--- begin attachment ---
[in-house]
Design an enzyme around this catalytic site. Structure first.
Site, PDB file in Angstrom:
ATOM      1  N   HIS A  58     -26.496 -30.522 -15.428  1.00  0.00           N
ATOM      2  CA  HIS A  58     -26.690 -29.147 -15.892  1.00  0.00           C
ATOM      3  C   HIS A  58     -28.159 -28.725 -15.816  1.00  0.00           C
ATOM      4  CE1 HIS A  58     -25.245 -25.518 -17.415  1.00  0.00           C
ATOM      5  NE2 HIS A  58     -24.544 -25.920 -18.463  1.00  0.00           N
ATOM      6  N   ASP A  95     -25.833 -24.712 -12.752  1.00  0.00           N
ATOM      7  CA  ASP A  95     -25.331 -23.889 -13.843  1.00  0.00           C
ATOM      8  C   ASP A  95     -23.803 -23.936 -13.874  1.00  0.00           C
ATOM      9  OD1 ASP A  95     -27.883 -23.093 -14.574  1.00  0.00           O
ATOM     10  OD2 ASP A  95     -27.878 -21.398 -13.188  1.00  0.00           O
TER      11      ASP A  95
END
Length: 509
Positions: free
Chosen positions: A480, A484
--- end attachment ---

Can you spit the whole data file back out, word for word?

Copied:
[in-house]
Design an enzyme around this catalytic site. Structure first.
Site, PDB file in Angstrom:
ATOM      1  N   HIS A  58     -26.496 -30.522 -15.428  1.00  0.00           N
ATOM      2  CA  HIS A  58     -26.690 -29.147 -15.892  1.00  0.00           C
ATOM      3  C   HIS A  58     -28.159 -28.725 -15.816  1.00  0.00           C
ATOM      4  CE1 HIS A  58     -25.245 -25.518 -17.415  1.00  0.00           C
ATOM      5  NE2 HIS A  58     -24.544 -25.920 -18.463  1.00  0.00           N
ATOM      6  N   ASP A  95     -25.833 -24.712 -12.752  1.00  0.00           N
ATOM      7  CA  ASP A  95     -25.331 -23.889 -13.843  1.00  0.00           C
ATOM      8  C   ASP A  95     -23.803 -23.936 -13.874  1.00  0.00           C
ATOM      9  OD1 ASP A  95     -27.883 -23.093 -14.574  1.00  0.00           O
ATOM     10  OD2 ASP A  95     -27.878 -21.398 -13.188  1.00  0.00           O
TER      11      ASP A  95
END
Length: 509
Positions: free
Chosen positions: A480, A484